Human History and Geology
The landscape may seem bleak and forbidding but it contains all the essentials needed for survival in this harsh environment. The forces of the geological composition provided springs for the earliest hunting and gathering native people that drifted through this area 5000 years ago foraging for the plants that sustained them. The few nearby springs brought wildlife within ambush range of these people. Two miles southeast of the peak is an area named Boulder Pass that an archeologist investigated in 1994. The area had been used for hunting and food gathering for centuries before the Hohokam people arrived. The Hohokam also used the area for their hunting grounds and began planting their crops on the edges of the arroyo. The site was abandoned around 1225 A.D.
Spanish influence began in the 1500s and brought many changes to all the native people living in the region. Livestock and new agricultural crops provided additional food and trade sources.
American settlers started to use the area in the 1800s for ranching and some mineral prospecting, but it was not until 1916 that E.O. Brown established a ranch within site of Pinnacle Peak. Over the decades, the area has evolved from ranching into dude ranches to homesteads and cowboy restaurants. Today residential developments surround the park.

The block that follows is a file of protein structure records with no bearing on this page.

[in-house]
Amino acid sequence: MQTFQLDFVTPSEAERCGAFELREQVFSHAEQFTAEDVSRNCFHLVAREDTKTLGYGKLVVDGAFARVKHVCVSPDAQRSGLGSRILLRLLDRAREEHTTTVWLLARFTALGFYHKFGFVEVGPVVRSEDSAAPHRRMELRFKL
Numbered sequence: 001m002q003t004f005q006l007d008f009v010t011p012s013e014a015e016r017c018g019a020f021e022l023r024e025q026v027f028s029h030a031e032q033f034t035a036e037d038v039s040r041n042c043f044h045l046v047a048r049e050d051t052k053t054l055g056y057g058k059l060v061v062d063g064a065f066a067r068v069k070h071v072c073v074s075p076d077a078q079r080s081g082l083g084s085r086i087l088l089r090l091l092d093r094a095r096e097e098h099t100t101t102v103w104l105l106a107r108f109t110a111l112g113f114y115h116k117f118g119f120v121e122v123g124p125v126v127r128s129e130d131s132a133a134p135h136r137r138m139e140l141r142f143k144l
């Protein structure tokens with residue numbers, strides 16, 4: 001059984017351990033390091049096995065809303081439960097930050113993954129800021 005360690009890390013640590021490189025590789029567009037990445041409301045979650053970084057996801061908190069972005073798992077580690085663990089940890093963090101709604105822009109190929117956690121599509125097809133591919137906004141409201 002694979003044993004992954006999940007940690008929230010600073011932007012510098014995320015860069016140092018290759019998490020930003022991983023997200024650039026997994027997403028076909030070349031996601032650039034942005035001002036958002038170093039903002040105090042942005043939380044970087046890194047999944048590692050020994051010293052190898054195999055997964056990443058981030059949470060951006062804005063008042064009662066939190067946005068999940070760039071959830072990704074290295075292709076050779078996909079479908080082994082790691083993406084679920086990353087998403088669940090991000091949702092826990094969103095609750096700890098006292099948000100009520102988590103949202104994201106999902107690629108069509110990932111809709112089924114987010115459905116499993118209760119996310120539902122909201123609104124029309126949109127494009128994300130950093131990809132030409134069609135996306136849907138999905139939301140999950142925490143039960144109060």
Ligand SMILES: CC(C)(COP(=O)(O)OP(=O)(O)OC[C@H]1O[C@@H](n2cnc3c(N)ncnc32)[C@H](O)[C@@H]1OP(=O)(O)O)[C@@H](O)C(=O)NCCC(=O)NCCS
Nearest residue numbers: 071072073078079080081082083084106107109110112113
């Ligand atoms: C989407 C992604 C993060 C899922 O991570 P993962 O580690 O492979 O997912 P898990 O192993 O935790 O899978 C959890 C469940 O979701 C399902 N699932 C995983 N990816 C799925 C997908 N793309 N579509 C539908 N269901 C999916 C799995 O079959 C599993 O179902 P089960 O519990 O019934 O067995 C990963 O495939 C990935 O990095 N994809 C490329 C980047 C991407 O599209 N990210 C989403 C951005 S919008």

Pinnacle Peak, jutting skyward 600 feet from the valley floor, is largely composed of granite. The crystallization of slowly cooling molten rock deep in the Earth formed this granite over 1.4 billion years ago. The natural forces of faulting, erosion, uplifting and deposition of overlaying rocks have uncovered this granite. Some of the common minerals that have formed this granite are quartz, biotite mica, and feldspar. The minerals formed an interlocking pattern as the magma cooled. Water and ice, combined with the forces of gravity and the passage of time has decayed and removed some of the minerals, leaving it in the rounded boulder shapes you see today.